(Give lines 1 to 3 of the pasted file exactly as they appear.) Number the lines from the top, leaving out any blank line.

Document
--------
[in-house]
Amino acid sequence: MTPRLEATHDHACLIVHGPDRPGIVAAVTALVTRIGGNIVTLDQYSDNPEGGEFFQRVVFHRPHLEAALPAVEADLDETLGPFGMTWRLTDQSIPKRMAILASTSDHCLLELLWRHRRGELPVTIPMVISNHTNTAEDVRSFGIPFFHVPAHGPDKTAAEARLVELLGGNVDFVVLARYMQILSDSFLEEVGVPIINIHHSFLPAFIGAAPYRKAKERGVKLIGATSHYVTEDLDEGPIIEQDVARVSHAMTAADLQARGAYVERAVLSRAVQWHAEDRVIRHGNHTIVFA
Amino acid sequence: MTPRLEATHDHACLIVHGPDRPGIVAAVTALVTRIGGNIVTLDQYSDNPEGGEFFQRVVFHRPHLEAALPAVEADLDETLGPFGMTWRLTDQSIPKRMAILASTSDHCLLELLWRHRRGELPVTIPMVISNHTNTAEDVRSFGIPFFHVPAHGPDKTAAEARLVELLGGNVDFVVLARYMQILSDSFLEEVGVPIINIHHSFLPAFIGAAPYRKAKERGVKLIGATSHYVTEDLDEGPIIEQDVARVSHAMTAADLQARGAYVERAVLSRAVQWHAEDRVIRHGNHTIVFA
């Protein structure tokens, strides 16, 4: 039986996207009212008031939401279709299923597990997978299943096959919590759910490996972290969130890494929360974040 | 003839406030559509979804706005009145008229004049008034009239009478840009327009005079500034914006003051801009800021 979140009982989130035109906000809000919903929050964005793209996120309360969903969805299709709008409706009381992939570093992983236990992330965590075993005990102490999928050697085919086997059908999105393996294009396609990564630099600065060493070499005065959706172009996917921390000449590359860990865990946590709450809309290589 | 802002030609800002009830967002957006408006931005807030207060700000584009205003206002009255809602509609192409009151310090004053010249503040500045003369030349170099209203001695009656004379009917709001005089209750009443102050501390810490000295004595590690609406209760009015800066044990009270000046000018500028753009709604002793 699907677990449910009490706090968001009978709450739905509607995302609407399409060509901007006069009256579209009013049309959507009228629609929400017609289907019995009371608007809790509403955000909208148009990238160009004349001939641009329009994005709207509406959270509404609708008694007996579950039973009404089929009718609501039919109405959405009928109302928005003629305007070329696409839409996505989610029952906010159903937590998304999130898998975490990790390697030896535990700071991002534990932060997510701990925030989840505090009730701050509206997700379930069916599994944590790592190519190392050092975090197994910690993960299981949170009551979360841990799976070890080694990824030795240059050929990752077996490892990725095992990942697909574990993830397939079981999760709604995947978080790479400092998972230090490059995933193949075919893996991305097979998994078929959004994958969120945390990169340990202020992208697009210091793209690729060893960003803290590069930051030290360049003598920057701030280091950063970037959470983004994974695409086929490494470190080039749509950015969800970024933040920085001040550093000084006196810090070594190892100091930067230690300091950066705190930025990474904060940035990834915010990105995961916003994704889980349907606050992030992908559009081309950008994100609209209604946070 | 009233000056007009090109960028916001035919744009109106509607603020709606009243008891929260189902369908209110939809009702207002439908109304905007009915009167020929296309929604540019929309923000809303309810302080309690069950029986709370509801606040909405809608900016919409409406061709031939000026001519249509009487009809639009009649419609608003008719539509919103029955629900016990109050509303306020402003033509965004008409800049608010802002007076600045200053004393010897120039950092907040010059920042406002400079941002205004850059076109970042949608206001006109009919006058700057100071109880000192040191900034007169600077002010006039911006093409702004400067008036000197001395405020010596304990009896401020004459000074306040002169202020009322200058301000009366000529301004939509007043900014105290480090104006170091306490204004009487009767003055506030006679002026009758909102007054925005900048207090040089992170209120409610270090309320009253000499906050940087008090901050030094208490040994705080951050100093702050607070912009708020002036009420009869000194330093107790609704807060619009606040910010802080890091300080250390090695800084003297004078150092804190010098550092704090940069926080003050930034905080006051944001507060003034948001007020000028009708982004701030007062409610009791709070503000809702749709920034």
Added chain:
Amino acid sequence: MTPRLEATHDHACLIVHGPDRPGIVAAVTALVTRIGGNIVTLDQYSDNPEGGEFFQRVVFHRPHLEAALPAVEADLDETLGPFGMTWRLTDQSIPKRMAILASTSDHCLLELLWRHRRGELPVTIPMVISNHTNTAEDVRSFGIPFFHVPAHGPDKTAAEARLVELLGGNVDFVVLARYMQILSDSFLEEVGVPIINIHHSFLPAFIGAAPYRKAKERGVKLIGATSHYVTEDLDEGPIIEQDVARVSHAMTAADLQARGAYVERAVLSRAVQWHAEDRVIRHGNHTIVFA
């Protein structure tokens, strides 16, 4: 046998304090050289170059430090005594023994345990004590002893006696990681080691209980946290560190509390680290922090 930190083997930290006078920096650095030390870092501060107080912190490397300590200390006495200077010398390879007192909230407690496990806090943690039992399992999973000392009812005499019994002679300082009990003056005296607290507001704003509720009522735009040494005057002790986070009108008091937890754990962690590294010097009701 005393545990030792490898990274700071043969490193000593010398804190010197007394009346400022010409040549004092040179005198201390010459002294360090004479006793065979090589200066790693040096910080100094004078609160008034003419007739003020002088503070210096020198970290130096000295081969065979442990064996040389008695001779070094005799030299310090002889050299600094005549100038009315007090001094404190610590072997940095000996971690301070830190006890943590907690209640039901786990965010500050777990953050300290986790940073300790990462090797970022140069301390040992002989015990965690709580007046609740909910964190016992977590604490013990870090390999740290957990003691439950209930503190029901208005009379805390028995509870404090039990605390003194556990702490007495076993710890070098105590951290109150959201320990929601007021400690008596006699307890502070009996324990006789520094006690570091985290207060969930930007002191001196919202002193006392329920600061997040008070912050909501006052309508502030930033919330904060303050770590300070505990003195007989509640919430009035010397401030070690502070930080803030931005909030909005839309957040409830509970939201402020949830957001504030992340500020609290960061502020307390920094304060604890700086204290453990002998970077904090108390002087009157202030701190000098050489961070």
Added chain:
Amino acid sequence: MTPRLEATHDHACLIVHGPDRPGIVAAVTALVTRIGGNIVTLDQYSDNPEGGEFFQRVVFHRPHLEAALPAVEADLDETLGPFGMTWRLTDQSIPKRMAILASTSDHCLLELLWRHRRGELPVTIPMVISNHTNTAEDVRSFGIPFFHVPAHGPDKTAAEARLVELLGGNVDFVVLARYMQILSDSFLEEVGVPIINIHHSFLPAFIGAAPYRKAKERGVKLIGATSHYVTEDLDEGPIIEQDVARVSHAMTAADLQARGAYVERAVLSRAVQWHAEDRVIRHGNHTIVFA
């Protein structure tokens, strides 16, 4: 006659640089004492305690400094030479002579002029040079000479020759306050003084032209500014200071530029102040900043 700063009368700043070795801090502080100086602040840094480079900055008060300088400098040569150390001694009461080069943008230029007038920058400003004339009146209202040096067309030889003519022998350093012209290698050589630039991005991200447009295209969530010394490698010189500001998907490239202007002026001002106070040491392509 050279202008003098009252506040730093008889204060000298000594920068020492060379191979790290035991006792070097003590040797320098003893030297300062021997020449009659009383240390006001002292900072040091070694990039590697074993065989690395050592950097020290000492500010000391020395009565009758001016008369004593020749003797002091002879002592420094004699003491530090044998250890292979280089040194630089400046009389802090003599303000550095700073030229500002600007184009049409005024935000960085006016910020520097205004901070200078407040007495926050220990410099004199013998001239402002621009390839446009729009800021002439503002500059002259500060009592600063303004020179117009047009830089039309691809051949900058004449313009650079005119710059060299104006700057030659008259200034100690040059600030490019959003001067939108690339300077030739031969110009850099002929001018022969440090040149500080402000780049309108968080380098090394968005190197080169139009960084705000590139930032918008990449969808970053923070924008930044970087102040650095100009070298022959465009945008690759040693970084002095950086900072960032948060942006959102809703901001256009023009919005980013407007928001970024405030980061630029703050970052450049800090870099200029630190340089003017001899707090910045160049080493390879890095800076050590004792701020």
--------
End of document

[in-house]
Amino acid sequence: MTPRLEATHDHACLIVHGPDRPGIVAAVTALVTRIGGNIVTLDQYSDNPEGGEFFQRVVFHRPHLEAALPAVEADLDETLGPFGMTWRLTDQSIPKRMAILASTSDHCLLELLWRHRRGELPVTIPMVISNHTNTAEDVRSFGIPFFHVPAHGPDKTAAEARLVELLGGNVDFVVLARYMQILSDSFLEEVGVPIINIHHSFLPAFIGAAPYRKAKERGVKLIGATSHYVTEDLDEGPIIEQDVARVSHAMTAADLQARGAYVERAVLSRAVQWHAEDRVIRHGNHTIVFA
Amino acid sequence: MTPRLEATHDHACLIVHGPDRPGIVAAVTALVTRIGGNIVTLDQYSDNPEGGEFFQRVVFHRPHLEAALPAVEADLDETLGPFGMTWRLTDQSIPKRMAILASTSDHCLLELLWRHRRGELPVTIPMVISNHTNTAEDVRSFGIPFFHVPAHGPDKTAAEARLVELLGGNVDFVVLARYMQILSDSFLEEVGVPIINIHHSFLPAFIGAAPYRKAKERGVKLIGATSHYVTEDLDEGPIIEQDVARVSHAMTAADLQARGAYVERAVLSRAVQWHAEDRVIRHGNHTIVFA